It isn't that the other answers are incorrect, per se, it is just that I think a more clear pedagogically oriented answer can be provided.
There are two commonly used Tukey's test in this type of situation. Tukey's HSD and Tukey's LSD. The LSD is less conservative than the HSD, similar to a full combinations of t-tests being performed in parallel. As you might imagine based on this description the LSD does not control for familywise error rate; the HSD does. So a lot hinges on which Tukey's test you are using. If you are using LSD, current tradition dictates you probably shouldn't be. If you are using HSD, we can keep going down this road.
In regards to your first question: "Is this relevant given that ANOVA has already established that there is no significant interaction effect between Species and Density?"...
Most 'ANOVA tradition' dictates that you not use either post-hoc unless a statistically significant effect has been found. An exception to this 'rule' is that tradition allows that if you had a good reason to compare groups at the outset before you looked at your data, you could simply do a t-test between those groups without controlling for familywise error rate. Also, if there was a good reason to compare one to many, there is a post hoc specifically for that approach (the name escapes me at the moment).
However, there is no denying that eyeballing your data you are seeing that the DV for Species A at a density of 0 is noticeably larger than the other combinations. So, you should mediate on this a little further. Do the DV means look different enough to you to be remarkable? What if you consider the degree of error in your measurements (e.g. (don't quote me I'm talking off the cuff) but, I think that sqrt MSE will give you an idea of what the ANOVA shrunken error)? Regardless, traditional approaches to ANOVA will not let you make any claims about this cell of the design versus the others or declare that they are significant; nevertheless, some fields are okay with you speculating based on non-significant effects. Your advisor, peers, and previous journal articles will give you an idea of how much rope you have in making your claims and observations.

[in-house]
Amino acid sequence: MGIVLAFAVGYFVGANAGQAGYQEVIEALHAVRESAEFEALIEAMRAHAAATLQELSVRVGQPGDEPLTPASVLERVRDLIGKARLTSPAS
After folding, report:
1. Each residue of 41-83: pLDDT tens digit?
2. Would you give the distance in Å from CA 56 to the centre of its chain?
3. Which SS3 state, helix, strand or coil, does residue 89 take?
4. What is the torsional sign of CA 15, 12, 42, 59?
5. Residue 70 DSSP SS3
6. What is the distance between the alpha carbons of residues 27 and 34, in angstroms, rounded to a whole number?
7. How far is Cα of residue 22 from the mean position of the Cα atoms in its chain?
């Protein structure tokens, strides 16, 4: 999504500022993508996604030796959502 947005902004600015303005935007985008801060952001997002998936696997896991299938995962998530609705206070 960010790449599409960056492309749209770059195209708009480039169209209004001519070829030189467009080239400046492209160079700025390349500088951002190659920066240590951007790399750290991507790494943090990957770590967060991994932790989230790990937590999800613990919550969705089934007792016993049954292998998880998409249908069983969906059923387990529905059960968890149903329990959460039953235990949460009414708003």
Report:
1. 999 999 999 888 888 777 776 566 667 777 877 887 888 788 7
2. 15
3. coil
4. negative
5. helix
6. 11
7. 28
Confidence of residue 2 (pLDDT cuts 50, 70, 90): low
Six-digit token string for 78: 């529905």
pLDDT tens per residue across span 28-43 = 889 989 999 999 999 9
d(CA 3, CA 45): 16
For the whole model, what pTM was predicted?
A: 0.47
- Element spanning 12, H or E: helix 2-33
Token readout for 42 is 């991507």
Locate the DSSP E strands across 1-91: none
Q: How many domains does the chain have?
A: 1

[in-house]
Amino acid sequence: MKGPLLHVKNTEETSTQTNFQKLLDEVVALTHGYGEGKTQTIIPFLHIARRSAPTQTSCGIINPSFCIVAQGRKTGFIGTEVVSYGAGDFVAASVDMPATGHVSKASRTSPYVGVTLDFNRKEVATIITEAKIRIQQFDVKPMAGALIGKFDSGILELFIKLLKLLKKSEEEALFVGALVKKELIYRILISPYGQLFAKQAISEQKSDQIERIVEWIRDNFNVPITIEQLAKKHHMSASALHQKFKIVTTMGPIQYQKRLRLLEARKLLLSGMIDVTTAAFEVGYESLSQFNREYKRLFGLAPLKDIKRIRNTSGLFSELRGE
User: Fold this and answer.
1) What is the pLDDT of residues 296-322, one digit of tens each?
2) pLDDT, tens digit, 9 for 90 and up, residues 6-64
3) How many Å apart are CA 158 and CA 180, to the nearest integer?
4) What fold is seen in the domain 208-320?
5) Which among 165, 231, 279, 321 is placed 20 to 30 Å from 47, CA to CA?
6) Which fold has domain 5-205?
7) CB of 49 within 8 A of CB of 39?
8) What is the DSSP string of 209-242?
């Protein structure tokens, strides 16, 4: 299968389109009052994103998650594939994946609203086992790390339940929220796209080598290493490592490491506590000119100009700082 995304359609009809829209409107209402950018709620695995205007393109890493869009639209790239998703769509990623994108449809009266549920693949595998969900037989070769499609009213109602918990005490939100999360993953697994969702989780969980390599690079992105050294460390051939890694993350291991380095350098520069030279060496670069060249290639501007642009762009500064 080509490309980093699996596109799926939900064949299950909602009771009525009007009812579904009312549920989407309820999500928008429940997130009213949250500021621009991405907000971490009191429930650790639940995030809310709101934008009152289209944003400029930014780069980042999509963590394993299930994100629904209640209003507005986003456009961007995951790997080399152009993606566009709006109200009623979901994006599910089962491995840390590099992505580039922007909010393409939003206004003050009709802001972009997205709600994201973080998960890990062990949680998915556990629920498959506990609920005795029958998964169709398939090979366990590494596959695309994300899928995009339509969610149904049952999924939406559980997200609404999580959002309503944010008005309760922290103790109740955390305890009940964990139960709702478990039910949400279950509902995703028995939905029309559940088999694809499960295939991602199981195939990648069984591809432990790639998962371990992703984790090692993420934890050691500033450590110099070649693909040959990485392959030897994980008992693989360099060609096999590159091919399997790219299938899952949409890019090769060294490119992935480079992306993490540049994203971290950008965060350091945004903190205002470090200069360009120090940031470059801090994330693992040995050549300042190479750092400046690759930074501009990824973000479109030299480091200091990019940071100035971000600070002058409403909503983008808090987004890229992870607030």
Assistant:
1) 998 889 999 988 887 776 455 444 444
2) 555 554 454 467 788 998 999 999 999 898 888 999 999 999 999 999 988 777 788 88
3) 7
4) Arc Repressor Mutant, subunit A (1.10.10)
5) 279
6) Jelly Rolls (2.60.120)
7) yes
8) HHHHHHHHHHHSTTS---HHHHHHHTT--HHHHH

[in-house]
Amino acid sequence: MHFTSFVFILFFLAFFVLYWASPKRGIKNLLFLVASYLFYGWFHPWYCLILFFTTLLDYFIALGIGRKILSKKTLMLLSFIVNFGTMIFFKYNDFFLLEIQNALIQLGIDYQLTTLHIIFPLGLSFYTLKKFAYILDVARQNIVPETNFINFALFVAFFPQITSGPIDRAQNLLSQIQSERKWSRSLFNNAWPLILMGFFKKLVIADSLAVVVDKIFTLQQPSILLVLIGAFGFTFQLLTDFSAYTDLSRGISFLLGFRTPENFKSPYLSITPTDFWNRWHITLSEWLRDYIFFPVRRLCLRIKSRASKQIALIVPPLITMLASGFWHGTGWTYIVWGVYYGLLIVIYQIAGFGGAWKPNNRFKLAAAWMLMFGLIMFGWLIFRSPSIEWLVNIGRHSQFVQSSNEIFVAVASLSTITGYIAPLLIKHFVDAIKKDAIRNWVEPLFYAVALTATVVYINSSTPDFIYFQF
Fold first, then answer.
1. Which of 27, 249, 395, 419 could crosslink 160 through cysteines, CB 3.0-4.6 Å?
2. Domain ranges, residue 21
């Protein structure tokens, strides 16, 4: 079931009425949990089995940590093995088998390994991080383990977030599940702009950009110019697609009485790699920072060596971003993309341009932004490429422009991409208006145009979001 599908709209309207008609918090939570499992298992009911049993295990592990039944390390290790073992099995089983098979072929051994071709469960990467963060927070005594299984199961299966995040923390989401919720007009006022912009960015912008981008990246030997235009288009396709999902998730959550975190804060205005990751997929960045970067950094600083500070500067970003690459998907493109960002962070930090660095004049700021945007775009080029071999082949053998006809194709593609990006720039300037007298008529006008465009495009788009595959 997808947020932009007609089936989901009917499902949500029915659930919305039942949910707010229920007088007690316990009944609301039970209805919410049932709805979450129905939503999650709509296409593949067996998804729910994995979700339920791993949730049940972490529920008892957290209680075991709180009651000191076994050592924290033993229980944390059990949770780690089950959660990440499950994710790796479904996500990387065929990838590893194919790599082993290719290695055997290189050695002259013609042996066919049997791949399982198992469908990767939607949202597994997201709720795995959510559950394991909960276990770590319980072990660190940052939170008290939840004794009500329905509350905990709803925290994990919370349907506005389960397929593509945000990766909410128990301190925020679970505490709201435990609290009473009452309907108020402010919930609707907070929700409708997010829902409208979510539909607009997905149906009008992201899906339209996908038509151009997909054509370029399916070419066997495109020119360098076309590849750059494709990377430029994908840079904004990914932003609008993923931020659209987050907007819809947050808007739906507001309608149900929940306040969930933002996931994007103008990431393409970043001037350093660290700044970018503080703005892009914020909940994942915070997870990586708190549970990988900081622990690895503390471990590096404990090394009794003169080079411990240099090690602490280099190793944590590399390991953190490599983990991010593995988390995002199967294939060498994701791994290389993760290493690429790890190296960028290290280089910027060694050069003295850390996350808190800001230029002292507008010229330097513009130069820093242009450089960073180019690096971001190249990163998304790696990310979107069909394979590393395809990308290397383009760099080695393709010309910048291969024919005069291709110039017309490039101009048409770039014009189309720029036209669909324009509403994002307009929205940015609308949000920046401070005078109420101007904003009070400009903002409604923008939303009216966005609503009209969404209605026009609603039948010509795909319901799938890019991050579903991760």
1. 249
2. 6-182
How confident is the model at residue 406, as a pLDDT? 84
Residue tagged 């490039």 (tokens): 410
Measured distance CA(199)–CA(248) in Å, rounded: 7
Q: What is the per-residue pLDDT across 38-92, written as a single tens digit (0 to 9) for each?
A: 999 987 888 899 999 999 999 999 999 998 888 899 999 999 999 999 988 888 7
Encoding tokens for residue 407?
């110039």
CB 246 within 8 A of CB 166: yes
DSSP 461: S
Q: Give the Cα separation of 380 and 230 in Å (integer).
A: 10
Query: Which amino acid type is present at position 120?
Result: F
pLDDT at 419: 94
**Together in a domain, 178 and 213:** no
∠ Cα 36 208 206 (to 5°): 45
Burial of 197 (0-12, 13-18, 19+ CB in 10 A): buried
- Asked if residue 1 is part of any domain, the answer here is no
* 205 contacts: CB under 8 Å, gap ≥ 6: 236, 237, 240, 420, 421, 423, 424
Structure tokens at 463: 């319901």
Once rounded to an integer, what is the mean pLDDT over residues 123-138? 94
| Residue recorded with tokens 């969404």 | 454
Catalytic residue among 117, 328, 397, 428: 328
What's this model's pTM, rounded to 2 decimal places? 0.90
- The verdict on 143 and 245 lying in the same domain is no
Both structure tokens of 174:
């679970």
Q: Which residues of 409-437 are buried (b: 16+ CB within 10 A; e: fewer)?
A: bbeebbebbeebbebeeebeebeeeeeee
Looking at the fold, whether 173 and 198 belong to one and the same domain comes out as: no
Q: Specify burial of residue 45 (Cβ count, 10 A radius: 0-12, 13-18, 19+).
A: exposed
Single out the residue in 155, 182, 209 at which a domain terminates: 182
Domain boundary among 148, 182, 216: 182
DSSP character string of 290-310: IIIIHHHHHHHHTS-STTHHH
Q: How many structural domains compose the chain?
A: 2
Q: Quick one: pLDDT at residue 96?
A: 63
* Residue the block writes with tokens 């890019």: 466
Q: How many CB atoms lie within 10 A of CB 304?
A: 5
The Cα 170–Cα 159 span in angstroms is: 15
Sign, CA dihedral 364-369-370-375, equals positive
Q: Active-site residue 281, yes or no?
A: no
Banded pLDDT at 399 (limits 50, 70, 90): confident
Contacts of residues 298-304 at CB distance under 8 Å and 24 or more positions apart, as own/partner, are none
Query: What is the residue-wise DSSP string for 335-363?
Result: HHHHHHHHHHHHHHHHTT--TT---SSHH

For my part, I believe that now that you've looked at the data and are making decisions about how to proceed that you are on shaky ground in terms of having p-values that are directly meaningful. Ideally, you'd run the study again, this time with an a priori intent to check Species A at Density 0 against the other cells of your design. An alternative approach would be to use less familiar statistical methods that don't require you to plan your analyses ahead of time (e.g. Bayesian). But those beliefs of mine are a matter of opinion, so allow me to drift back to the facts.
Let's go on to your second question: "Why would there be significant differences in Tukeys if ANOVA says there is no interaction effect in the first place?"
This is one that even some seasoned scientists don't understand. Here is my shot at an explanation... the observed deviance between two cells that are maximally different relative to the grand mean will be on average higher than the observed deviance for four cells, three of which are very similar, relative to the grand mean. In short, the more cells you have that are similar in an interaction, the less likely you are to observe an statistically interaction even if a few cells /do/ reflect an interaction. I suspect your primary problem is that you used Tukey's LSD. Otherwise, the problem may be as jgstat suggested
This is unlikely to be your primary problem here because you have a pretty simple 2x2 design. I think your problem is probably that you used Tukey's LSD and so the differences between two cells happened to pop-out but that by-and-large the cells are mostly similar.